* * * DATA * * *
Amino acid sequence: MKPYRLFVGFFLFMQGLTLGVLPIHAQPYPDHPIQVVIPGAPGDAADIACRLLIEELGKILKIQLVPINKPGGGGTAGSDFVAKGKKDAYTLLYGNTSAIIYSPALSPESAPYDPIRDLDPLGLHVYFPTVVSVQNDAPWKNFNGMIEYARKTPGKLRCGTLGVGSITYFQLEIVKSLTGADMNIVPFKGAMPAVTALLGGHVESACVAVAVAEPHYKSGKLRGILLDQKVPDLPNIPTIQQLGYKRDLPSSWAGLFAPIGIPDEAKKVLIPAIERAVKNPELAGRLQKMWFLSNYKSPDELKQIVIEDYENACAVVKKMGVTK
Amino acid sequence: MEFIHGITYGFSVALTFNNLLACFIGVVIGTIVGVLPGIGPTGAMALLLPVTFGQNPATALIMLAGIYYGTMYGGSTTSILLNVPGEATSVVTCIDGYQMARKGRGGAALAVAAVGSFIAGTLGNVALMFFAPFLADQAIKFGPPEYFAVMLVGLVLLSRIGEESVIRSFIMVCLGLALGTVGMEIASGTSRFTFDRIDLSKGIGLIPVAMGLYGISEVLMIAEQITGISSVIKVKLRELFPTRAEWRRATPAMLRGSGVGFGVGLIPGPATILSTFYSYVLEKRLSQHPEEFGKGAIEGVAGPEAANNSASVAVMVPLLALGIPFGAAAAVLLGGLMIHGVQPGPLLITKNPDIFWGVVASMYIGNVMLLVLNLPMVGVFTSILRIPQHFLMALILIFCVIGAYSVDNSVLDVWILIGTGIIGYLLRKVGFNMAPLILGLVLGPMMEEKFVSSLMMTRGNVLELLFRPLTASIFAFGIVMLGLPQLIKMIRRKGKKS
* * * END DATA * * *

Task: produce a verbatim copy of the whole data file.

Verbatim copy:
Amino acid sequence: MKPYRLFVGFFLFMQGLTLGVLPIHAQPYPDHPIQVVIPGAPGDAADIACRLLIEELGKILKIQLVPINKPGGGGTAGSDFVAKGKKDAYTLLYGNTSAIIYSPALSPESAPYDPIRDLDPLGLHVYFPTVVSVQNDAPWKNFNGMIEYARKTPGKLRCGTLGVGSITYFQLEIVKSLTGADMNIVPFKGAMPAVTALLGGHVESACVAVAVAEPHYKSGKLRGILLDQKVPDLPNIPTIQQLGYKRDLPSSWAGLFAPIGIPDEAKKVLIPAIERAVKNPELAGRLQKMWFLSNYKSPDELKQIVIEDYENACAVVKKMGVTK
Amino acid sequence: MEFIHGITYGFSVALTFNNLLACFIGVVIGTIVGVLPGIGPTGAMALLLPVTFGQNPATALIMLAGIYYGTMYGGSTTSILLNVPGEATSVVTCIDGYQMARKGRGGAALAVAAVGSFIAGTLGNVALMFFAPFLADQAIKFGPPEYFAVMLVGLVLLSRIGEESVIRSFIMVCLGLALGTVGMEIASGTSRFTFDRIDLSKGIGLIPVAMGLYGISEVLMIAEQITGISSVIKVKLRELFPTRAEWRRATPAMLRGSGVGFGVGLIPGPATILSTFYSYVLEKRLSQHPEEFGKGAIEGVAGPEAANNSASVAVMVPLLALGIPFGAAAAVLLGGLMIHGVQPGPLLITKNPDIFWGVVASMYIGNVMLLVLNLPMVGVFTSILRIPQHFLMALILIFCVIGAYSVDNSVLDVWILIGTGIIGYLLRKVGFNMAPLILGLVLGPMMEEKFVSSLMMTRGNVLELLFRPLTASIFAFGIVMLGLPQLIKMIRRKGKKS